5.3 Complementation Groups = Groups of Allelic Mutations

So, with the third mutant strain above, we could assign it to be allelic with either gene A or gene B, or some other locus, should it complement both gene A and gene B mutations. If they came from different natural populations or from independently mutagenized individuals, we could have a fourth, fifth, sixth, etc. white flower strain, then we could begin to organize the allelic mutations into groups, which are called complementation groups. These are groups of mutations that FAIL TO COMPLEMENT one another (a group of NON-complementing mutations) and are assumed to have mutations in the SAME gene; hence they are grouped as complementation group. A group can consist of as few as one mutation and as many as all the mutants under study. Each group represents a set of mutations in the same gene (allelic). The number of complementation groups represents the number of genes that are represented in the total collection of mutations.

It all depends on how many mutations you have in a gene. For example, the white gene in Drosophila has >300 different mutations within the white gene described in the literature. If you were to obtain and cross all these mutations to themselves, you would find they all belonged to the same complementation group or same white gene. Each complementation group represents a gene.

If, however, you obtained a different mutation, vestigial for example, which affects wing growth, and crossed it to a white eye-colour mutation, the double heterozygote would result in red eyes and normal wings (wild type for both characters) so the two would complement and represent two different complementation groups: (1) white, (2) vestigial. The same would be true for the other eye-colour mutations mentioned elsewhere in this text. For example, if you crossed a scarlet eye-colour mutant to a white eye-colour mutant, the double heterozygote would have wild type red eyes. Each mutant has the wild type allele of the other. Again, remember that all the other genes in the diploid genome are assumed to be wild type.

To drive home the concept of complementation groups, we will look at two hypothetical examples.

Example 1: Multiple Mutant Complementation Test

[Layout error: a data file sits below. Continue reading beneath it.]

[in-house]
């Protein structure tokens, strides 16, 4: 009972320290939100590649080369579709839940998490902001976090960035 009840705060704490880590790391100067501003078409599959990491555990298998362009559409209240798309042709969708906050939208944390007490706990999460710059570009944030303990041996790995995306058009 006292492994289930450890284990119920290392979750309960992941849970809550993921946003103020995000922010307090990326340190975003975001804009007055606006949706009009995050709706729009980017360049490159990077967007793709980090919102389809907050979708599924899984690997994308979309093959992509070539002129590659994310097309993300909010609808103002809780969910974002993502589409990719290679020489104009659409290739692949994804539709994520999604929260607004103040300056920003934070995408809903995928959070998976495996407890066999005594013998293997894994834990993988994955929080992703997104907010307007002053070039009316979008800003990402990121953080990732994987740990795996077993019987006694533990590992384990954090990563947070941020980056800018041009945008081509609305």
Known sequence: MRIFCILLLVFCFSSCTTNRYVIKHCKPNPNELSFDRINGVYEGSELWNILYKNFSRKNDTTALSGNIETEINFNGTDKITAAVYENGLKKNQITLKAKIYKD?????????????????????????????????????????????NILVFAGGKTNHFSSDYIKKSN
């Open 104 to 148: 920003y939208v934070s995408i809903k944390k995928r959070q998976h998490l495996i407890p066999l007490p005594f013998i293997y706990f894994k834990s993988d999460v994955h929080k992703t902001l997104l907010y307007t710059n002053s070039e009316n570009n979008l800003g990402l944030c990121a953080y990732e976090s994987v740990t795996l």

The first example, shows the results of a series of crosses as a complementation test table (Figure 5.3.1) with six mutants labelled a to f.  The mutants fall into three complementation groups in total: (1) a (2) b, c, f, and (3) d, e. Notice that a complementation group can consist of only one mutant, or more than one.

Complementation test table showing which flower mutant strains complement each other and vice versa.
Figure 5.3.1 Complementation Test Table Showing Which Flower Mutant Strains Complement Each Other and Vice Versa. “w” stands for the white flowers, which is mutant (no complementation) and “p” stands for purple which represents wild type (complementation). Blanks are for crosses not done.

Example 2: Double Hit Strain

The second example is similar, but has a twist (Figure 5.3.2). It has five mutants labelled 1-5, with 1-4 being mutations in only a single gene each, while mutant #5 has mutations in two different genes, and thus is unable to complement the mutations in two, different genes. A double-hit strain like strain #5 is normally a very rare event, but is included here to make a point. A double-hit strain may appear to belong in two different groups. In this case, mutants #3 and #4 complement (different genes) but #5 fails to complement both #3 and #4, indicating it has mutations in both the mutant genes in #3 (gene B) and #4 (gene C) (Figure 5.3.3).

Complementation test table with pink as mutant and green as wild type (black is for crosses not done)
Figure 5.3.2 Complementation Test Table with Pink as Mutant and Green as Wild Type. (Black is for crosses not done.) Note: mutant #5 has two mutations.
Chromosomes of various strains of organisms being used for complementation testing showing absence or presence of various genes
Figure 5.3.3 Chromosomes of the Organisms Used in Complementation Tests to Decide if Genes are Allelic or Non-Allelic.


Media Attributions


Di Cara. (2017). Figure 4. Complementation test table [diagrams]. In Locke, J., Harrington, M., Canham, L. and Min Ku Kang (Eds.), Open Genetics Lectures, Fall 2017 (Chapter 4, p. 3). Dataverse/ BCcampus. http://solr.bccampus.ca:8001/bcc/file/7a7b00f9-fb56-4c49-81a9-cfa3ad80e6d8/1/OpenGeneticsLectures_Fall2017.pdf

Locke, J. (2017). Figures: 5. Complementation test table with pink as mutant, and 6. Chromosomes of the organisms that are used…[diagrams]. In Locke, J., Harrington, M., Canham, L. and Min Ku Kang (Eds.), Open Genetics Lectures, Fall 2017 (Chapter 4, p. 4). Dataverse/ BCcampus. http://solr.bccampus.ca:8001/bcc/file/7a7b00f9-fb56-4c49-81a9-cfa3ad80e6d8/1/OpenGeneticsLectures_Fall2017.pdf


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Open Genetics by Natasha Ramroop Singh, Thompson Rivers University is licensed under a Creative Commons Attribution-NonCommercial-ShareAlike 4.0 International License, except where otherwise noted.

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